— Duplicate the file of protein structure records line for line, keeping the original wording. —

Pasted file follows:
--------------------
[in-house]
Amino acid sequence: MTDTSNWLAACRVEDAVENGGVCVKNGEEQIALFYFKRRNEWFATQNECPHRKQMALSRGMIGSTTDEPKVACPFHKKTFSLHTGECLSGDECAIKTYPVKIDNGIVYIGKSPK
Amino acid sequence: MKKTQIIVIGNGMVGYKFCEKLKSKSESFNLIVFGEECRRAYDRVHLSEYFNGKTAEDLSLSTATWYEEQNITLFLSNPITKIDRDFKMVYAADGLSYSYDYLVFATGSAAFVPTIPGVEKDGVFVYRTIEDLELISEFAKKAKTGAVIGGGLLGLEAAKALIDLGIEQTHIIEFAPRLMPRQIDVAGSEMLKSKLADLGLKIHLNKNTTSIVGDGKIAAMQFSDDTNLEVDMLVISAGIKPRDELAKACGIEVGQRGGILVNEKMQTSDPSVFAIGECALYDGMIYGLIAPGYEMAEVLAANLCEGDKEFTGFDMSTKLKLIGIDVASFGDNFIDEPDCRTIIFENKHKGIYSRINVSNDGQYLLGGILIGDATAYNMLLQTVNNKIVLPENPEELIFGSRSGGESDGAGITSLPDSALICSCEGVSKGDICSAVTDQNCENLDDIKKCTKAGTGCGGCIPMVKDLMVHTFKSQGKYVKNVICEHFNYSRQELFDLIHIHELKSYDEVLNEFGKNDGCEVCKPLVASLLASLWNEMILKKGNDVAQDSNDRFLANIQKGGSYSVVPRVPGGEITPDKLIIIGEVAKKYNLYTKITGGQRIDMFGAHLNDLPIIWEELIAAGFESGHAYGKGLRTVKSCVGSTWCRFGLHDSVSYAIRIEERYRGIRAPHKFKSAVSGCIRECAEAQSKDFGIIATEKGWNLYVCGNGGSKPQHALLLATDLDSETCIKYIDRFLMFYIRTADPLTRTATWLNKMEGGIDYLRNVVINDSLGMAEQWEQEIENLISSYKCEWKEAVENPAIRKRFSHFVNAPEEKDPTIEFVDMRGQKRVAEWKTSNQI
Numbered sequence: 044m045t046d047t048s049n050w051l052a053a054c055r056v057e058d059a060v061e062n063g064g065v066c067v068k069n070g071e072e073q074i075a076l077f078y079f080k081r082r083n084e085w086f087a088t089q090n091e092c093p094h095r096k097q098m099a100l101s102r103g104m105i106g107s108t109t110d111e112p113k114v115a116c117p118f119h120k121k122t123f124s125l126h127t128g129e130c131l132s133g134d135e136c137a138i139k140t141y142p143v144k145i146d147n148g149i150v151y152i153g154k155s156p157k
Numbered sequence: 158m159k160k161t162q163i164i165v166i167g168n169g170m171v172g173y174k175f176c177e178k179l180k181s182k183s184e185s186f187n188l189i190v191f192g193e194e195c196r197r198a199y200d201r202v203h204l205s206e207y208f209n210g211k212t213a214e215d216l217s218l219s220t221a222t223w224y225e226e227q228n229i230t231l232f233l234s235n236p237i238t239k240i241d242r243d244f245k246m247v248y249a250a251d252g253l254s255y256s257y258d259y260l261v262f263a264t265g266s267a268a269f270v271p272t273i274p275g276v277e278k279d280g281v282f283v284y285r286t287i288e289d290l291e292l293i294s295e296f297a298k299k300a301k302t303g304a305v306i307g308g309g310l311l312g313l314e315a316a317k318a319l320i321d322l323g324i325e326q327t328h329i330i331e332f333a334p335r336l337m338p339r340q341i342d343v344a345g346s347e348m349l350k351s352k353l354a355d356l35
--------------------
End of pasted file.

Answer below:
[in-house]
Amino acid sequence: MTDTSNWLAACRVEDAVENGGVCVKNGEEQIALFYFKRRNEWFATQNECPHRKQMALSRGMIGSTTDEPKVACPFHKKTFSLHTGECLSGDECAIKTYPVKIDNGIVYIGKSPK
Amino acid sequence: MKKTQIIVIGNGMVGYKFCEKLKSKSESFNLIVFGEECRRAYDRVHLSEYFNGKTAEDLSLSTATWYEEQNITLFLSNPITKIDRDFKMVYAADGLSYSYDYLVFATGSAAFVPTIPGVEKDGVFVYRTIEDLELISEFAKKAKTGAVIGGGLLGLEAAKALIDLGIEQTHIIEFAPRLMPRQIDVAGSEMLKSKLADLGLKIHLNKNTTSIVGDGKIAAMQFSDDTNLEVDMLVISAGIKPRDELAKACGIEVGQRGGILVNEKMQTSDPSVFAIGECALYDGMIYGLIAPGYEMAEVLAANLCEGDKEFTGFDMSTKLKLIGIDVASFGDNFIDEPDCRTIIFENKHKGIYSRINVSNDGQYLLGGILIGDATAYNMLLQTVNNKIVLPENPEELIFGSRSGGESDGAGITSLPDSALICSCEGVSKGDICSAVTDQNCENLDDIKKCTKAGTGCGGCIPMVKDLMVHTFKSQGKYVKNVICEHFNYSRQELFDLIHIHELKSYDEVLNEFGKNDGCEVCKPLVASLLASLWNEMILKKGNDVAQDSNDRFLANIQKGGSYSVVPRVPGGEITPDKLIIIGEVAKKYNLYTKITGGQRIDMFGAHLNDLPIIWEELIAAGFESGHAYGKGLRTVKSCVGSTWCRFGLHDSVSYAIRIEERYRGIRAPHKFKSAVSGCIRECAEAQSKDFGIIATEKGWNLYVCGNGGSKPQHALLLATDLDSETCIKYIDRFLMFYIRTADPLTRTATWLNKMEGGIDYLRNVVINDSLGMAEQWEQEIENLISSYKCEWKEAVENPAIRKRFSHFVNAPEEKDPTIEFVDMRGQKRVAEWKTSNQI
Numbered sequence: 044m045t046d047t048s049n050w051l052a053a054c055r056v057e058d059a060v061e062n063g064g065v066c067v068k069n070g071e072e073q074i075a076l077f078y079f080k081r082r083n084e085w086f087a088t089q090n091e092c093p094h095r096k097q098m099a100l101s102r103g104m105i106g107s108t109t110d111e112p113k114v115a116c117p118f119h120k121k122t123f124s125l126h127t128g129e130c131l132s133g134d135e136c137a138i139k140t141y142p143v144k145i146d147n148g149i150v151y152i153g154k155s156p157k
Numbered sequence: 158m159k160k161t162q163i164i165v166i167g168n169g170m171v172g173y174k175f176c177e178k179l180k181s182k183s184e185s186f187n188l189i190v191f192g193e194e195c196r197r198a199y200d201r202v203h204l205s206e207y208f209n210g211k212t213a214e215d216l217s218l219s220t221a222t223w224y225e226e227q228n229i230t231l232f233l234s235n236p237i238t239k240i241d242r243d244f245k246m247v248y249a250a251d252g253l254s255y256s257y258d259y260l261v262f263a264t265g266s267a268a269f270v271p272t273i274p275g276v277e278k279d280g281v282f283v284y285r286t287i288e289d290l291e292l293i294s295e296f297a298k299k300a301k302t303g304a305v306i307g308g309g310l311l312g313l314e315a316a317k318a319l320i321d322l323g324i325e326q327t328h329i330i331e332f333a334p335r336l337m338p339r340q341i342d343v344a345g346s347e348m349l350k351s352k353l354a355d356l35